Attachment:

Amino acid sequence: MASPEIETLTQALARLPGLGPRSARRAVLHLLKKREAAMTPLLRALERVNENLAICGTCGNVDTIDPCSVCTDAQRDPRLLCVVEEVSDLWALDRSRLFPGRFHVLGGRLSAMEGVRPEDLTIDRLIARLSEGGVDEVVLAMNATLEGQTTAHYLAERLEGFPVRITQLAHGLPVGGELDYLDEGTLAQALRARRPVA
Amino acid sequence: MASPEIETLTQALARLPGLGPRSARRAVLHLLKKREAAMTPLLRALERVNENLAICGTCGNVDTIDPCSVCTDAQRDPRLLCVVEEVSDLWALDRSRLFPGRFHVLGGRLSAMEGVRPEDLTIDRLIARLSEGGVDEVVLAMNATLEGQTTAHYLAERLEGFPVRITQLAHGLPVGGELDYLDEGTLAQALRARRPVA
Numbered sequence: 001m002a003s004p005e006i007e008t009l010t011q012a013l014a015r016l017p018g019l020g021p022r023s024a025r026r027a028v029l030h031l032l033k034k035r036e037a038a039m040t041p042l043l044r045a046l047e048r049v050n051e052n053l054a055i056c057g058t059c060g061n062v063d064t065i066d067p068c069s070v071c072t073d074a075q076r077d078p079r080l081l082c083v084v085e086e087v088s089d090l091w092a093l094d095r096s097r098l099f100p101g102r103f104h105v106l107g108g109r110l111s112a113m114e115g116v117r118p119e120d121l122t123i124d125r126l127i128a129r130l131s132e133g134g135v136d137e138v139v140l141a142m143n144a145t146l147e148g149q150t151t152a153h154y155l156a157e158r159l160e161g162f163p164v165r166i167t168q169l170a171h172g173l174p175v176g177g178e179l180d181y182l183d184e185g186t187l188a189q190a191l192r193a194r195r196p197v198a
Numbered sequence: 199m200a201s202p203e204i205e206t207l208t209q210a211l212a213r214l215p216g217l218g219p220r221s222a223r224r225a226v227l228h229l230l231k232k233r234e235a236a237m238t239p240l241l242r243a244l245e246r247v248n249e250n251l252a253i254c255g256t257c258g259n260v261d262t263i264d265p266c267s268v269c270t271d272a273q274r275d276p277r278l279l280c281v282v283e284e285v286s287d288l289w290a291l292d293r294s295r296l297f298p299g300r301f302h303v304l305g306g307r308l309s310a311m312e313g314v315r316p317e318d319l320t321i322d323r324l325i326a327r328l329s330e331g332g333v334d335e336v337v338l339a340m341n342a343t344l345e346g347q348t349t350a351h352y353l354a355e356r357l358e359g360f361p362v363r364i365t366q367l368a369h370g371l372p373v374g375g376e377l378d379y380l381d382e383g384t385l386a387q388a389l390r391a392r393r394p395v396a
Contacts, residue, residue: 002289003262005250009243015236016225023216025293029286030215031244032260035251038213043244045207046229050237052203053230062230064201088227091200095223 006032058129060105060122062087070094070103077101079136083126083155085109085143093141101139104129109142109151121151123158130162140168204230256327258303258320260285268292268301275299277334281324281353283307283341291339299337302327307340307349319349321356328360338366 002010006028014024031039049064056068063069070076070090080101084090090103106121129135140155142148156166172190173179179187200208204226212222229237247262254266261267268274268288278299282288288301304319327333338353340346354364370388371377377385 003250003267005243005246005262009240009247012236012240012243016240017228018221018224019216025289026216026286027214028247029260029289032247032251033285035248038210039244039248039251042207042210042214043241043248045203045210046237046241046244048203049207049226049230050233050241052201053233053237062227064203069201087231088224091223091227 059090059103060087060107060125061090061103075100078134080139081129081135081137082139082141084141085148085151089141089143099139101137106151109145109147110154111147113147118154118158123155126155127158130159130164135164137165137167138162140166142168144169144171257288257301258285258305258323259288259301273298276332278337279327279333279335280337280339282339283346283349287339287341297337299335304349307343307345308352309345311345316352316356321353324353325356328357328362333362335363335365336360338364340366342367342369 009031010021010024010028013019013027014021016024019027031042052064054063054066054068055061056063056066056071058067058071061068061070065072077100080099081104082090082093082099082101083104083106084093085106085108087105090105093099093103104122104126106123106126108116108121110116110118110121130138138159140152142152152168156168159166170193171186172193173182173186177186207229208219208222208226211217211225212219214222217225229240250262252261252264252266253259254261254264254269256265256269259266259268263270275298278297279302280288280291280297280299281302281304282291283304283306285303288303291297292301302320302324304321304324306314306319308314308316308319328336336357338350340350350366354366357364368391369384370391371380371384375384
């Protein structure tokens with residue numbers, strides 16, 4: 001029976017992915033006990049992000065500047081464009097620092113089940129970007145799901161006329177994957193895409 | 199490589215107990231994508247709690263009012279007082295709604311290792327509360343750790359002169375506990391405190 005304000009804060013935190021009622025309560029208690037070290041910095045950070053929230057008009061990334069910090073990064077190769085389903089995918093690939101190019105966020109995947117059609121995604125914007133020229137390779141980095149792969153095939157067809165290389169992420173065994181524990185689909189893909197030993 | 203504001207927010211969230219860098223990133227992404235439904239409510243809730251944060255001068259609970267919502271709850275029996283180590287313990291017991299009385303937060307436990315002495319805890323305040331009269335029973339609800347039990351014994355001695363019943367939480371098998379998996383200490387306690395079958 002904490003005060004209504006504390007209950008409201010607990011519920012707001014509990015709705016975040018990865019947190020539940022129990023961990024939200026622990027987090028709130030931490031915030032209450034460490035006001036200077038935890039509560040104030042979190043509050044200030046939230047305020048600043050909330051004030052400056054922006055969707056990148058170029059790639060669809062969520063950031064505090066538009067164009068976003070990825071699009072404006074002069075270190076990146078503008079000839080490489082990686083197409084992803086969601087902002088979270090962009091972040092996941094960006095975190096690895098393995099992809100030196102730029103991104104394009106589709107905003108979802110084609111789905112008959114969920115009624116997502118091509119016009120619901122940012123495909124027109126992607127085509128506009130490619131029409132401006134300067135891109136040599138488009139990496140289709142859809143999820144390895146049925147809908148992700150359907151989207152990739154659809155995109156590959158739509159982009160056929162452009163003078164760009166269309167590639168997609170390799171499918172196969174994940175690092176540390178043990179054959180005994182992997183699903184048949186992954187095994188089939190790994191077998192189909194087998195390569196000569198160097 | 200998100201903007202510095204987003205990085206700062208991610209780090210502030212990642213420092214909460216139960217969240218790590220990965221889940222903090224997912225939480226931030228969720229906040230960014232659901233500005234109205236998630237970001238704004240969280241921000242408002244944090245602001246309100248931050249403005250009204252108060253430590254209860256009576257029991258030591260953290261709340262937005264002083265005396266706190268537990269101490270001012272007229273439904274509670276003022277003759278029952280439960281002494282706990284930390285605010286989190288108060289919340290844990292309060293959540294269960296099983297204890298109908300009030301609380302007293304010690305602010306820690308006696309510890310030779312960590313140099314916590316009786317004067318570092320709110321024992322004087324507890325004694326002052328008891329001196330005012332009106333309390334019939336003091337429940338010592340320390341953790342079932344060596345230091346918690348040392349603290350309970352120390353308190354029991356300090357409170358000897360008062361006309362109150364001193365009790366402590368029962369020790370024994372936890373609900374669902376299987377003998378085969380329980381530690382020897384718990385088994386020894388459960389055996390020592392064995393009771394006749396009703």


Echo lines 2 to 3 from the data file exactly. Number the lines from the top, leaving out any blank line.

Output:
Amino acid sequence: MASPEIETLTQALARLPGLGPRSARRAVLHLLKKREAAMTPLLRALERVNENLAICGTCGNVDTIDPCSVCTDAQRDPRLLCVVEEVSDLWALDRSRLFPGRFHVLGGRLSAMEGVRPEDLTIDRLIARLSEGGVDEVVLAMNATLEGQTTAHYLAERLEGFPVRITQLAHGLPVGGELDYLDEGTLAQALRARRPVA
Numbered sequence: 001m002a003s004p005e006i007e008t009l010t011q012a013l014a015r016l017p018g019l020g021p022r023s024a025r026r027a028v029l030h031l032l033k034k035r036e037a038a039m040t041p042l043l044r045a046l047e048r049v050n051e052n053l054a055i056c057g058t059c060g061n062v063d064t065i066d067p068c069s070v071c072t073d074a075q076r077d078p079r080l081l082c083v084v085e086e087v088s089d090l091w092a093l094d095r096s097r098l099f100p101g102r103f104h105v106l107g108g109r110l111s112a113m114e115g116v117r118p119e120d121l122t123i124d125r126l127i128a129r130l131s132e133g134g135v136d137e138v139v140l141a142m143n144a145t146l147e148g149q150t151t152a153h154y155l156a157e158r159l160e161g162f163p164v165r166i167t168q169l170a171h172g173l174p175v176g177g178e179l180d181y182l183d184e185g186t187l188a189q190a191l192r193a194r195r196p197v198a